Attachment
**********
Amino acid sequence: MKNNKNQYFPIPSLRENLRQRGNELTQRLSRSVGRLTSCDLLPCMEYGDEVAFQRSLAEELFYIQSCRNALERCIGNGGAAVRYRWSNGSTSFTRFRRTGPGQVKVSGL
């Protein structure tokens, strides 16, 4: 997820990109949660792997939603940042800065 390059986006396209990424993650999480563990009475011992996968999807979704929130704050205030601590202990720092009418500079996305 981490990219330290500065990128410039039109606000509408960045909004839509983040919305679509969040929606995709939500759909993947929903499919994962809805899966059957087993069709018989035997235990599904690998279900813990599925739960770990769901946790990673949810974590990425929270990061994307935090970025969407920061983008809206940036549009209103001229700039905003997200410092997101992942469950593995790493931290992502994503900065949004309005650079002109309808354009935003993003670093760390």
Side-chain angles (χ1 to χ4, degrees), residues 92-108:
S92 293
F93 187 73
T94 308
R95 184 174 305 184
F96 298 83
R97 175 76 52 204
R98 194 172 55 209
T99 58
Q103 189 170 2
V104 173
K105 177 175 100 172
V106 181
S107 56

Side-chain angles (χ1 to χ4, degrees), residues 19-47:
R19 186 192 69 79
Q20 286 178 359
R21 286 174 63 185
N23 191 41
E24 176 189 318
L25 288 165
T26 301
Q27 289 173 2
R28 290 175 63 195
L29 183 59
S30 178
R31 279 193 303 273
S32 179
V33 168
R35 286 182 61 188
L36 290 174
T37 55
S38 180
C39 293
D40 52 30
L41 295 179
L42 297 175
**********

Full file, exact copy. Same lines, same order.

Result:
Amino acid sequence: MKNNKNQYFPIPSLRENLRQRGNELTQRLSRSVGRLTSCDLLPCMEYGDEVAFQRSLAEELFYIQSCRNALERCIGNGGAAVRYRWSNGSTSFTRFRRTGPGQVKVSGL
């Protein structure tokens, strides 16, 4: 997820990109949660792997939603940042800065 390059986006396209990424993650999480563990009475011992996968999807979704929130704050205030601590202990720092009418500079996305 981490990219330290500065990128410039039109606000509408960045909004839509983040919305679509969040929606995709939500759909993947929903499919994962809805899966059957087993069709018989035997235990599904690998279900813990599925739960770990769901946790990673949810974590990425929270990061994307935090970025969407920061983008809206940036549009209103001229700039905003997200410092997101992942469950593995790493931290992502994503900065949004309005650079002109309808354009935003993003670093760390």
Side-chain angles (χ1 to χ4, degrees), residues 92-108:
S92 293
F93 187 73
T94 308
R95 184 174 305 184
F96 298 83
R97 175 76 52 204
R98 194 172 55 209
T99 58
Q103 189 170 2
V104 173
K105 177 175 100 172
V106 181
S107 56

Side-chain angles (χ1 to χ4, degrees), residues 19-47:
R19 186 192 69 79
Q20 286 178 359
R21 286 174 63 185
N23 191 41
E24 176 189 318
L25 288 165
T26 301
Q27 289 173 2
R28 290 175 63 195
L29 183 59
S30 178
R31 279 193 303 273
S32 179
V33 168
R35 286 182 61 188
L36 290 174
T37 55
S38 180
C39 293
D40 52 30
L41 295 179
L42 297 175